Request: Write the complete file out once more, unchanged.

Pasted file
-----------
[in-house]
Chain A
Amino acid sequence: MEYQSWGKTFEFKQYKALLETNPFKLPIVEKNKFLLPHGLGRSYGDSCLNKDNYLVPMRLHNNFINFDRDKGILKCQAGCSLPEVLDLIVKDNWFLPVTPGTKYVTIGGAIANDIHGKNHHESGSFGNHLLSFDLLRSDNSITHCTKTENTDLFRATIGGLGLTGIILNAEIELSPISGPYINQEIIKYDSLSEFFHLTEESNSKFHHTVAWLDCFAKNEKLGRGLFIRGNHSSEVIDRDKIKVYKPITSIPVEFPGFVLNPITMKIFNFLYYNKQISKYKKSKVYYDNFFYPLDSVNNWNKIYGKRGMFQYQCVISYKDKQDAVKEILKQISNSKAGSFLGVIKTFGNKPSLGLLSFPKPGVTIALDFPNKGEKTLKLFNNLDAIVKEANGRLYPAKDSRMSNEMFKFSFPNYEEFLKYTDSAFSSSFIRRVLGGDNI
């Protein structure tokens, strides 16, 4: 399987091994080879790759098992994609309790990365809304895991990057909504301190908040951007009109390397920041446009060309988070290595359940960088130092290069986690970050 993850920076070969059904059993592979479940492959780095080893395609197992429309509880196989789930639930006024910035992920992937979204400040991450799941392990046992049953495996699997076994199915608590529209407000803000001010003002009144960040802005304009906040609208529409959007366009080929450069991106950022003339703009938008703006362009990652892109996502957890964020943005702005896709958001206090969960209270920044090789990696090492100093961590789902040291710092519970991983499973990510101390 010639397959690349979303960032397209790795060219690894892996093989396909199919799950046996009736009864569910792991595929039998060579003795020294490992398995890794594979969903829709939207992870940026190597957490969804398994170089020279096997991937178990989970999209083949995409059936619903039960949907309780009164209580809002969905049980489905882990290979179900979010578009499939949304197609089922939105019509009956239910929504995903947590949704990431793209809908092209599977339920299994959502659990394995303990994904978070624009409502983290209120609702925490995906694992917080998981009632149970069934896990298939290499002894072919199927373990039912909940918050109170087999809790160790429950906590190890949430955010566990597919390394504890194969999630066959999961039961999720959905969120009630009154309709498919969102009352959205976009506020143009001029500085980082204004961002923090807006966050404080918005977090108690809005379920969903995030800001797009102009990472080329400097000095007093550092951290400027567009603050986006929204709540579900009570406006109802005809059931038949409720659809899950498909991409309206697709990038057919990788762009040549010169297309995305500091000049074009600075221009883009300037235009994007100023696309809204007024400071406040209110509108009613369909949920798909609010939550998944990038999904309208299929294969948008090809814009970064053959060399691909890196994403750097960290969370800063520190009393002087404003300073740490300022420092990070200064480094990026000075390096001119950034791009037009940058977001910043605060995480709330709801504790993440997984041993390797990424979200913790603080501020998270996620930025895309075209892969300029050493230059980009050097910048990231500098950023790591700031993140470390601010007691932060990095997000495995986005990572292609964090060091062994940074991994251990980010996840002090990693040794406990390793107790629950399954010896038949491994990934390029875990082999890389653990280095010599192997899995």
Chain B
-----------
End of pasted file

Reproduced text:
[in-house]
Chain A
Amino acid sequence: MEYQSWGKTFEFKQYKALLETNPFKLPIVEKNKFLLPHGLGRSYGDSCLNKDNYLVPMRLHNNFINFDRDKGILKCQAGCSLPEVLDLIVKDNWFLPVTPGTKYVTIGGAIANDIHGKNHHESGSFGNHLLSFDLLRSDNSITHCTKTENTDLFRATIGGLGLTGIILNAEIELSPISGPYINQEIIKYDSLSEFFHLTEESNSKFHHTVAWLDCFAKNEKLGRGLFIRGNHSSEVIDRDKIKVYKPITSIPVEFPGFVLNPITMKIFNFLYYNKQISKYKKSKVYYDNFFYPLDSVNNWNKIYGKRGMFQYQCVISYKDKQDAVKEILKQISNSKAGSFLGVIKTFGNKPSLGLLSFPKPGVTIALDFPNKGEKTLKLFNNLDAIVKEANGRLYPAKDSRMSNEMFKFSFPNYEEFLKYTDSAFSSSFIRRVLGGDNI
């Protein structure tokens, strides 16, 4: 399987091994080879790759098992994609309790990365809304895991990057909504301190908040951007009109390397920041446009060309988070290595359940960088130092290069986690970050 993850920076070969059904059993592979479940492959780095080893395609197992429309509880196989789930639930006024910035992920992937979204400040991450799941392990046992049953495996699997076994199915608590529209407000803000001010003002009144960040802005304009906040609208529409959007366009080929450069991106950022003339703009938008703006362009990652892109996502957890964020943005702005896709958001206090969960209270920044090789990696090492100093961590789902040291710092519970991983499973990510101390 010639397959690349979303960032397209790795060219690894892996093989396909199919799950046996009736009864569910792991595929039998060579003795020294490992398995890794594979969903829709939207992870940026190597957490969804398994170089020279096997991937178990989970999209083949995409059936619903039960949907309780009164209580809002969905049980489905882990290979179900979010578009499939949304197609089922939105019509009956239910929504995903947590949704990431793209809908092209599977339920299994959502659990394995303990994904978070624009409502983290209120609702925490995906694992917080998981009632149970069934896990298939290499002894072919199927373990039912909940918050109170087999809790160790429950906590190890949430955010566990597919390394504890194969999630066959999961039961999720959905969120009630009154309709498919969102009352959205976009506020143009001029500085980082204004961002923090807006966050404080918005977090108690809005379920969903995030800001797009102009990472080329400097000095007093550092951290400027567009603050986006929204709540579900009570406006109802005809059931038949409720659809899950498909991409309206697709990038057919990788762009040549010169297309995305500091000049074009600075221009883009300037235009994007100023696309809204007024400071406040209110509108009613369909949920798909609010939550998944990038999904309208299929294969948008090809814009970064053959060399691909890196994403750097960290969370800063520190009393002087404003300073740490300022420092990070200064480094990026000075390096001119950034791009037009940058977001910043605060995480709330709801504790993440997984041993390797990424979200913790603080501020998270996620930025895309075209892969300029050493230059980009050097910048990231500098950023790591700031993140470390601010007691932060990095997000495995986005990572292609964090060091062994940074991994251990980010996840002090990693040794406990390793107790629950399954010896038949491994990934390029875990082999890389653990280095010599192997899995």
Chain B